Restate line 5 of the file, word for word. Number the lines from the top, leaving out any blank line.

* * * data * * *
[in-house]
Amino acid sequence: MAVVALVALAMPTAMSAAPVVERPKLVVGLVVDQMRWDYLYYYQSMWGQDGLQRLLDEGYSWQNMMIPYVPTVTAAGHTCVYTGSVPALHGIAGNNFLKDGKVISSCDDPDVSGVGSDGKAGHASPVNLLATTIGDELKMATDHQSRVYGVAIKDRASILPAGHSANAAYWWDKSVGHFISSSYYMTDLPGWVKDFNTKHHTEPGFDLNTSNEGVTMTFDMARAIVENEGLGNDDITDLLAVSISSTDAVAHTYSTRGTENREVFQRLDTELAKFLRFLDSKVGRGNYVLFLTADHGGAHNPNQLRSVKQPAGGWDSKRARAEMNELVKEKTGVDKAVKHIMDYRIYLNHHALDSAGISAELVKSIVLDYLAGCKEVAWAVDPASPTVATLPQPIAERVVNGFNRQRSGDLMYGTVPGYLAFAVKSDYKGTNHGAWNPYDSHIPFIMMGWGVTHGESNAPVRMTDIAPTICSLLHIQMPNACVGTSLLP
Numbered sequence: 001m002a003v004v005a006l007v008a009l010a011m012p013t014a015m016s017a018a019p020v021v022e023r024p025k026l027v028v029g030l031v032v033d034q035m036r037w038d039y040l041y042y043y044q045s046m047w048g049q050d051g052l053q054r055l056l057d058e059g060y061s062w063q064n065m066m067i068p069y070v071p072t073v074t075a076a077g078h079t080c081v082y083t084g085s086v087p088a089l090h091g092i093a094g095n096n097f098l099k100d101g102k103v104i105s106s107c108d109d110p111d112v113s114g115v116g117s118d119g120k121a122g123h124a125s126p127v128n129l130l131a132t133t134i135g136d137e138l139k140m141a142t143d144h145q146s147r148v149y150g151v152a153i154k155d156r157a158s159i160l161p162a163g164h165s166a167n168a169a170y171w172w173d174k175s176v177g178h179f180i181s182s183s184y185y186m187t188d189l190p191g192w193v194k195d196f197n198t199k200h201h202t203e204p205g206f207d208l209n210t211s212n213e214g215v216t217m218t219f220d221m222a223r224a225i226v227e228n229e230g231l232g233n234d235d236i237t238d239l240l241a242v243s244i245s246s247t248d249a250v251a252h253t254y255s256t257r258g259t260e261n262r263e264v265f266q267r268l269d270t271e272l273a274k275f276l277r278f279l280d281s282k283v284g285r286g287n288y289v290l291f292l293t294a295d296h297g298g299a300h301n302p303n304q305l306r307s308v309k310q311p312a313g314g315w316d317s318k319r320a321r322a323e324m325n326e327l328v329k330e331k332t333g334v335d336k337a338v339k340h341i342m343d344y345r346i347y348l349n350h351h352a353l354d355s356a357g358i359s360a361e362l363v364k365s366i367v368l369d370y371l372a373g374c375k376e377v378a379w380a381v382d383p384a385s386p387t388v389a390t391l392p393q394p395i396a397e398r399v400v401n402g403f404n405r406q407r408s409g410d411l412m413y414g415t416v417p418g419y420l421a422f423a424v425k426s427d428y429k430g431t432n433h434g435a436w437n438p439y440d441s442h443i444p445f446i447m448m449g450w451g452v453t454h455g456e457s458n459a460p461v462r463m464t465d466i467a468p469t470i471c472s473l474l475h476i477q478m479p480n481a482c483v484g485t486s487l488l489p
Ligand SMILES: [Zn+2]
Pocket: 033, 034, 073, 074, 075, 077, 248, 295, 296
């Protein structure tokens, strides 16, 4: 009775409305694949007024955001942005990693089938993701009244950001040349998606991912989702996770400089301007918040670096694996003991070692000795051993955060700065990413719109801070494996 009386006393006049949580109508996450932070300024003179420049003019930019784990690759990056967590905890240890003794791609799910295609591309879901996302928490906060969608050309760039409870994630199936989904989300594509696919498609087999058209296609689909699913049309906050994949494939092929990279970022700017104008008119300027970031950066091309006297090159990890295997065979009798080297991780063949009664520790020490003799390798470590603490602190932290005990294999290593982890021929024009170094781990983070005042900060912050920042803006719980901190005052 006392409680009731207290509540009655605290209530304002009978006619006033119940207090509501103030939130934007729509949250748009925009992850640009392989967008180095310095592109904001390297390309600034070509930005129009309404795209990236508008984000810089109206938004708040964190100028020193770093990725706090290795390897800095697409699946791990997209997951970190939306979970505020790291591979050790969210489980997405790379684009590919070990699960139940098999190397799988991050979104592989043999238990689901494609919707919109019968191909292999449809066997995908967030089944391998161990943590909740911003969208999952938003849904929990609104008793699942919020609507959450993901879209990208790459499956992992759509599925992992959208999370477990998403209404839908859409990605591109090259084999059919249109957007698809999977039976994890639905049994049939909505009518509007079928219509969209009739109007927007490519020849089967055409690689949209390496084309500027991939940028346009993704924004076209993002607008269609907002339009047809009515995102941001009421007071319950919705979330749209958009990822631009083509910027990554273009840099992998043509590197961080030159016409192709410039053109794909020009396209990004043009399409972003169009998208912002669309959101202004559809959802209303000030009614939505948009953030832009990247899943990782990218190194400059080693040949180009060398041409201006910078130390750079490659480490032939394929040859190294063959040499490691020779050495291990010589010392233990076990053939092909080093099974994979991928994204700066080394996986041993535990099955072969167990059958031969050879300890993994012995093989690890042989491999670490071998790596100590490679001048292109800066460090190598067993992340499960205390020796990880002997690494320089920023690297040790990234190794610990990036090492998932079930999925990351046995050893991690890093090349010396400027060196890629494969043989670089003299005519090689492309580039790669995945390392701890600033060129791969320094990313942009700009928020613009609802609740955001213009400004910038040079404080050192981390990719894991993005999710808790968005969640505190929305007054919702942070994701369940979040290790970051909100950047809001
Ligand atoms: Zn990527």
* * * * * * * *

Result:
Pocket: 033, 034, 073, 074, 075, 077, 248, 295, 296